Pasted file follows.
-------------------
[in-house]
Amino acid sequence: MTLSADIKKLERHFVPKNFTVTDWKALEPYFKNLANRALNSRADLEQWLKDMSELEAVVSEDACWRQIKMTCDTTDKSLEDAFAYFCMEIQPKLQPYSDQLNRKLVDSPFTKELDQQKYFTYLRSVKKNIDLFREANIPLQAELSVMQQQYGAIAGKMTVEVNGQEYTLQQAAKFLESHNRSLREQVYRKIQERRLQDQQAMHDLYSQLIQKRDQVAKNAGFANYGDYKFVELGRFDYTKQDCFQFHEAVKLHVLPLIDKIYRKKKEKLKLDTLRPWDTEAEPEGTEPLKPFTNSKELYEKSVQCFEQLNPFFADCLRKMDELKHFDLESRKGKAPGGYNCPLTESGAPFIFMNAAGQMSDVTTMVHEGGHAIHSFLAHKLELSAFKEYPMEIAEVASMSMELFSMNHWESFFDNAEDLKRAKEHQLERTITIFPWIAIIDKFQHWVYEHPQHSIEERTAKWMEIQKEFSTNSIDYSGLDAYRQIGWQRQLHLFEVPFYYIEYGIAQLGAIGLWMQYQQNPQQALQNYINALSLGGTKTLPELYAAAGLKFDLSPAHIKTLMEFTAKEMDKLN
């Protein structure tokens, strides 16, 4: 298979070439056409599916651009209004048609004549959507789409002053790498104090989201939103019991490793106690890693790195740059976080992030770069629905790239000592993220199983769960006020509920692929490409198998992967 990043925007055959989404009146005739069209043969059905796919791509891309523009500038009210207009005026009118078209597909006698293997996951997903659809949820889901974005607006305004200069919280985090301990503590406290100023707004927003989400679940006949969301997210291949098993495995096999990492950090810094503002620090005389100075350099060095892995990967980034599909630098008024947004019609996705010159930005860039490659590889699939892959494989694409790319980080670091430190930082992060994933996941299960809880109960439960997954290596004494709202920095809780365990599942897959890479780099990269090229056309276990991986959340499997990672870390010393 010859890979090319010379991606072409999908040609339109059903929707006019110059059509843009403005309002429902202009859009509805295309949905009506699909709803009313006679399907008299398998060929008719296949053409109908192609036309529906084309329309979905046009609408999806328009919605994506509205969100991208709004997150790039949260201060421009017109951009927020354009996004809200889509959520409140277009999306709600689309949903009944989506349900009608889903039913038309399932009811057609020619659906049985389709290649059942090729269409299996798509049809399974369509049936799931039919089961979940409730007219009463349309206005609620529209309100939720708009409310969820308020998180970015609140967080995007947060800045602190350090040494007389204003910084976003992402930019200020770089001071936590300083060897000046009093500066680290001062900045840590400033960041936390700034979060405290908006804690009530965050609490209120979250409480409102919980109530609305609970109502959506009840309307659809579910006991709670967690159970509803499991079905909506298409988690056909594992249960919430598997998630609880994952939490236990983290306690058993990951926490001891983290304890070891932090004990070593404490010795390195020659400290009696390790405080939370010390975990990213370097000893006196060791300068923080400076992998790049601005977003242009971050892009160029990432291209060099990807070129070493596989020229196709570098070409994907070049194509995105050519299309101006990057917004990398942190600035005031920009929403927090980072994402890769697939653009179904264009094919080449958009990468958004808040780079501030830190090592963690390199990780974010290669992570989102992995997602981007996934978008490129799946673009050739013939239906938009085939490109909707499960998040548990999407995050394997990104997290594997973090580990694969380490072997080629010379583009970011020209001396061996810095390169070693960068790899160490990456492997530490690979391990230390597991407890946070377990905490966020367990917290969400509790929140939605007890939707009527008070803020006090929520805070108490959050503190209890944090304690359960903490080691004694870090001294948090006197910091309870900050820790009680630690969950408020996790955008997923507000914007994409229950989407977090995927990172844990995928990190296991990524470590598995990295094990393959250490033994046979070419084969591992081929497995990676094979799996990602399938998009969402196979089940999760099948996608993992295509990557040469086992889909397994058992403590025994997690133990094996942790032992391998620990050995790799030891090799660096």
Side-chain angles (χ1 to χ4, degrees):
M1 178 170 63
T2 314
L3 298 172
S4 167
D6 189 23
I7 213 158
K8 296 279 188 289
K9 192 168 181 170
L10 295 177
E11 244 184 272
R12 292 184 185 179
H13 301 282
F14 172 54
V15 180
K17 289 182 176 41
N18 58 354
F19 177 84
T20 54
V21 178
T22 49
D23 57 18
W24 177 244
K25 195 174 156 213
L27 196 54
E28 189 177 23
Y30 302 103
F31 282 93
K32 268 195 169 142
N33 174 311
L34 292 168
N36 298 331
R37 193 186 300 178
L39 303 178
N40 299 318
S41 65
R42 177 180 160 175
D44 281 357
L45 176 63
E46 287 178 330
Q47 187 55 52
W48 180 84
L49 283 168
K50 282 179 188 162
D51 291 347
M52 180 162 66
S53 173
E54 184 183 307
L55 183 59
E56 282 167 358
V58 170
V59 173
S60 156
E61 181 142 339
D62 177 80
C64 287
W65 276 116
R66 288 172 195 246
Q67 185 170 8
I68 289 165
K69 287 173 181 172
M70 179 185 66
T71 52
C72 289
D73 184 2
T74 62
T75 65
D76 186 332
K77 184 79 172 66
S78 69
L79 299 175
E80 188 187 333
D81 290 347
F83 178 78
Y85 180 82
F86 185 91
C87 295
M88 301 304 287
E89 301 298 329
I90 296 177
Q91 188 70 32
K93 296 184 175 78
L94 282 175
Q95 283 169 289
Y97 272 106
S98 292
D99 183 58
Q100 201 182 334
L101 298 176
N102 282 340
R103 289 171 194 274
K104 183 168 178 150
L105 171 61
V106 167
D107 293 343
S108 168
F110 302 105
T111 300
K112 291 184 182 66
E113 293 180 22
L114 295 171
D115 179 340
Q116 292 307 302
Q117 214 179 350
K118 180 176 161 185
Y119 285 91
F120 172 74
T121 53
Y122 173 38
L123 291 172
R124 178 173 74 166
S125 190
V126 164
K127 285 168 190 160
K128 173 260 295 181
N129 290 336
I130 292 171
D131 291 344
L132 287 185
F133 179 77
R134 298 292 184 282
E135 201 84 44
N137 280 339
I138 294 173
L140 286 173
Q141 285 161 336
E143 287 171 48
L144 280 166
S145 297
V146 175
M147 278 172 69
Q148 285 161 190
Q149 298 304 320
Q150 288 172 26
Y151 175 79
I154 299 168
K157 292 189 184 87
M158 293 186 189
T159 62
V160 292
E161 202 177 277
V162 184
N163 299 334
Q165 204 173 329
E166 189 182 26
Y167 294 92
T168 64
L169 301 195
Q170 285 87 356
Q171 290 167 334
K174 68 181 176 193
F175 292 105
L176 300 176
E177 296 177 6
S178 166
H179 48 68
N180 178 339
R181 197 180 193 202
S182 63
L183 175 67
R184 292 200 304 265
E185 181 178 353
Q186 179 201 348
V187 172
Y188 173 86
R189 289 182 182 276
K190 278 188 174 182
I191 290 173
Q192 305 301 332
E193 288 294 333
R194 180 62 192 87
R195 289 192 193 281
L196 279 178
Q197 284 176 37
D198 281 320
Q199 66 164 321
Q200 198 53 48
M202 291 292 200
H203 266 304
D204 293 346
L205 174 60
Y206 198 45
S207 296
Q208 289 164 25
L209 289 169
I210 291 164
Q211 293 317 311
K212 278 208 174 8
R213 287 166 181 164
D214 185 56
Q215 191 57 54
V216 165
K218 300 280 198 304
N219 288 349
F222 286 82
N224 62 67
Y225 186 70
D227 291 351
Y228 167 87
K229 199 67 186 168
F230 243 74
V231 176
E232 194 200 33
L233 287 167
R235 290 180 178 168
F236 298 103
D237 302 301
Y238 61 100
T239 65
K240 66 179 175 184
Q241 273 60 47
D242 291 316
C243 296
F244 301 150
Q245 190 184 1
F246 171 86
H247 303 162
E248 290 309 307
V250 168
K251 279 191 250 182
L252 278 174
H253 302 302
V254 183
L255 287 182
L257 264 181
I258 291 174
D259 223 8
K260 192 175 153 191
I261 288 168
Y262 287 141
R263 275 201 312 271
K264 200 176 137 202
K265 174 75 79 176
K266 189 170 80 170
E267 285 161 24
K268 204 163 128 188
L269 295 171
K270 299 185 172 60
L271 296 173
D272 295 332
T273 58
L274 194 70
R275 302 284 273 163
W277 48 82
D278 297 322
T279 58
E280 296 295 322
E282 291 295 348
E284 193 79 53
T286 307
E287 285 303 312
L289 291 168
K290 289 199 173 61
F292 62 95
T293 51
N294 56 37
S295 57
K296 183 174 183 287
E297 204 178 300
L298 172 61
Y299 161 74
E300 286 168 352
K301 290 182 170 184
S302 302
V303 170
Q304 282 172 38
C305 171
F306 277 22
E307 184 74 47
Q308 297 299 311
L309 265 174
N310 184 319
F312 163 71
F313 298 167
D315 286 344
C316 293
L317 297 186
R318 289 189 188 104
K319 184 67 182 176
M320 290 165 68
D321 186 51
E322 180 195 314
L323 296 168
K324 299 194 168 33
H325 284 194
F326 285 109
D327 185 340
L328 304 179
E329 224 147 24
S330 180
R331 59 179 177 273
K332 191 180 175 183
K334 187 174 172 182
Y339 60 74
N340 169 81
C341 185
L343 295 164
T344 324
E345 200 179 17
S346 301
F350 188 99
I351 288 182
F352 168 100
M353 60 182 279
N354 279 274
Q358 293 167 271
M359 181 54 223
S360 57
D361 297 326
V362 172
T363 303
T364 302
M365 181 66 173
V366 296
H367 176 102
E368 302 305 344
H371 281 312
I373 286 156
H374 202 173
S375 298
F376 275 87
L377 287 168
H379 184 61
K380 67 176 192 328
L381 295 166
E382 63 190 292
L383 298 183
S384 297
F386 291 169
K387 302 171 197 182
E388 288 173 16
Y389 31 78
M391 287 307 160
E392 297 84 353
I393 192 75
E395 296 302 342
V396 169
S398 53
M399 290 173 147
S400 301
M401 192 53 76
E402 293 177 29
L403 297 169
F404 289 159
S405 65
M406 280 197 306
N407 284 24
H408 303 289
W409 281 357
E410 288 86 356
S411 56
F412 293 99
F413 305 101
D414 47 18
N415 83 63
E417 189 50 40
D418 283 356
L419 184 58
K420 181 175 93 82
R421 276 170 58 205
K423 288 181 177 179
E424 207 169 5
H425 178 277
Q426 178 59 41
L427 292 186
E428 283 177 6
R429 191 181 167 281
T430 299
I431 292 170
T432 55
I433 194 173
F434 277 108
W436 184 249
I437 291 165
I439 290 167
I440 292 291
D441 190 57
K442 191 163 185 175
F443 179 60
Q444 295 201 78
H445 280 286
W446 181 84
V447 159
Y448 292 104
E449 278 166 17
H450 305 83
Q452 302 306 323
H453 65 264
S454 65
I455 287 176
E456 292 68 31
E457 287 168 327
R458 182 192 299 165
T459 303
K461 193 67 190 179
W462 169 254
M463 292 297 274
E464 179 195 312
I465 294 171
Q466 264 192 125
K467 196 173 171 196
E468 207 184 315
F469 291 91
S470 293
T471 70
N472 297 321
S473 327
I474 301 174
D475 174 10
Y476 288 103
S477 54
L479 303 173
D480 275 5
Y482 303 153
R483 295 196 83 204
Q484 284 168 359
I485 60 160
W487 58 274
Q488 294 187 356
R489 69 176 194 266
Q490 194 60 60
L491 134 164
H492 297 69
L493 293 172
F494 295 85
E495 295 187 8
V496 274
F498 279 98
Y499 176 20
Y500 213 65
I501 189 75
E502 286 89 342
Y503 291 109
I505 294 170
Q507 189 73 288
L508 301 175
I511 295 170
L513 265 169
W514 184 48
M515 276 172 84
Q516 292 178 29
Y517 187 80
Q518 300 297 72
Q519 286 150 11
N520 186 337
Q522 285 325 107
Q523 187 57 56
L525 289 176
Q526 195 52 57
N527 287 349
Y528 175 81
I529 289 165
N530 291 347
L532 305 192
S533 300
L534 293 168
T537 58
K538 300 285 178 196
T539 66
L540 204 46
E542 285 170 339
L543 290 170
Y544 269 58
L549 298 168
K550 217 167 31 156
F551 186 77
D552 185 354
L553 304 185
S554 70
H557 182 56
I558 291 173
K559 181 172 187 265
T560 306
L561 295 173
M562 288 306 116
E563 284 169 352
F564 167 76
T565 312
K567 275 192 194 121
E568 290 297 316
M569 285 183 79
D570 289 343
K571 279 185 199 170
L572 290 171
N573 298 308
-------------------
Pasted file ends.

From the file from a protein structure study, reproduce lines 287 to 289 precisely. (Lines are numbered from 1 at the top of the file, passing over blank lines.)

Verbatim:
K324 299 194 168 33
H325 284 194
F326 285 109